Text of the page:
naphtha

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English[edit]

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Etymology[edit]

From Latin naphtha, from Ancient Greek νάφθα (náphtha), ultimately from Old Persian 𐎴𐎳𐎫 (naft). The Greek mediation is reflected in the spelling – ‘ph’ and ‘th’ (from ‘φ’ and ‘θ’).

Pronunciation[edit]

Noun[edit]

naphtha (countable and uncountable, plural naphthas)

  1. (dated) Naturally-occurring liquid petroleum.
  2. Any of a wide variety of aliphatic or aromatic liquid hydrocarbon mixtures distilled from petroleum or coal tar, especially as used in solvents or petrol.
    • 1918, W. B. Maxwell, chapter 7, The Mirror and the Lamp:
      The turmoil went on—no rest, no peace. […] It was nearly eleven o'clock now, and he strolled out again. In the little fair created by the costers' barrows the evening only seemed beginning; and the naphtha flares made one's eyes ache, the men's voices grated harshly, and the girls' faces saddened one.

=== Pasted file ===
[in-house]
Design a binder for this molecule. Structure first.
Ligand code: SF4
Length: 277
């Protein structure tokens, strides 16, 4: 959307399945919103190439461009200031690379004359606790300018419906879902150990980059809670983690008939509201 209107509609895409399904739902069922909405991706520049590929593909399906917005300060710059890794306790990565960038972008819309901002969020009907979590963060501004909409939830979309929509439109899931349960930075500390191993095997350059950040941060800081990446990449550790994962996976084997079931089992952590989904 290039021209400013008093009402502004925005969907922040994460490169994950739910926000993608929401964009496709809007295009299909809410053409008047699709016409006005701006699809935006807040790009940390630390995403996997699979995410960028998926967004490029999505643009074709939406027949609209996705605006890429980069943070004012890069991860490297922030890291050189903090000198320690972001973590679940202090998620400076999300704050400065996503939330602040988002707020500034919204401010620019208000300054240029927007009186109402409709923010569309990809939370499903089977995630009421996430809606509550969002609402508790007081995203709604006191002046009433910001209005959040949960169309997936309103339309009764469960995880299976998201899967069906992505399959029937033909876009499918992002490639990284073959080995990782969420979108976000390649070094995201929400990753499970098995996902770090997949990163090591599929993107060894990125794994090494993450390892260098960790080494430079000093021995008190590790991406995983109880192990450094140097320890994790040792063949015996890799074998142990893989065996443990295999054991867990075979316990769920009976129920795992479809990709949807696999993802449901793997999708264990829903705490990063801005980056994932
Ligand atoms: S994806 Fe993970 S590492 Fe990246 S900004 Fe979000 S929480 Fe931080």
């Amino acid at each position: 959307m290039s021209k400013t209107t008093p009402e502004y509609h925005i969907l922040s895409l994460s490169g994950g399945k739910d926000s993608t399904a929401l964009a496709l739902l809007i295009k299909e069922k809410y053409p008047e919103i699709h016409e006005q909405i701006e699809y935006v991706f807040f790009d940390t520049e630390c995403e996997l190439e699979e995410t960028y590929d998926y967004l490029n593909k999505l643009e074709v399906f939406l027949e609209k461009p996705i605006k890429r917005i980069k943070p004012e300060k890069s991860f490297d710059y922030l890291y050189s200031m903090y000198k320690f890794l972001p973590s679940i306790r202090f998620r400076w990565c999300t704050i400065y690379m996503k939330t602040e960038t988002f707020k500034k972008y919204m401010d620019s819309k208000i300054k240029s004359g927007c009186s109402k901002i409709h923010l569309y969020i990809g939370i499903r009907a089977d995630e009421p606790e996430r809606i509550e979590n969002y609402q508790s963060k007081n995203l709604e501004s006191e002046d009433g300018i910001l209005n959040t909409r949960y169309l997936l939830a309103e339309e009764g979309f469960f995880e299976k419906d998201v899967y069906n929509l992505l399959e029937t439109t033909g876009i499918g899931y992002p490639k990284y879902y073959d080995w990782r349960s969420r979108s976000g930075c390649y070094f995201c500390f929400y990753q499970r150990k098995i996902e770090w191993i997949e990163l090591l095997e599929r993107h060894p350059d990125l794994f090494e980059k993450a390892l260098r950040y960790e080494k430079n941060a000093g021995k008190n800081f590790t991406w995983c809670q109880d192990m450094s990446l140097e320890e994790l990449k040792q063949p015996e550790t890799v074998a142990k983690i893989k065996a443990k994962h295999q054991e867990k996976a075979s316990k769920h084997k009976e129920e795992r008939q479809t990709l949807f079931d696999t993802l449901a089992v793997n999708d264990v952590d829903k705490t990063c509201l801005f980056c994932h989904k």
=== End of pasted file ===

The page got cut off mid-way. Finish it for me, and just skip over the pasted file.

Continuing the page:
• 1995, Philip Pullman, Northern Lights:
      The Common Room and the Library were lit by anbaric light, but the Scholars preferred the older, softer naphtha lamps in the Retiring Room.

Derived terms[edit]

Translations[edit]


Latin[edit]

Alternative forms[edit]

Etymology[edit]

From Ancient Greek νάφθα (náphtha).

Pronunciation[edit]

Noun[edit]

naphtha f (genitive napthae); first declension

  1. naphtha

Inflection[edit]

First declension.

Number Singular Plural
nominative naphtha naphthae
genitive naphthae naphthārum
dative naphthae naphthīs
accusative naphtham naphthās
ablative naphthā naphthīs
vocative naphtha naphthae

Descendants[edit]

References[edit]

  • naphtha in Charlton T. Lewis & Charles Short, A Latin Dictionary, Oxford: Clarendon Press, 1879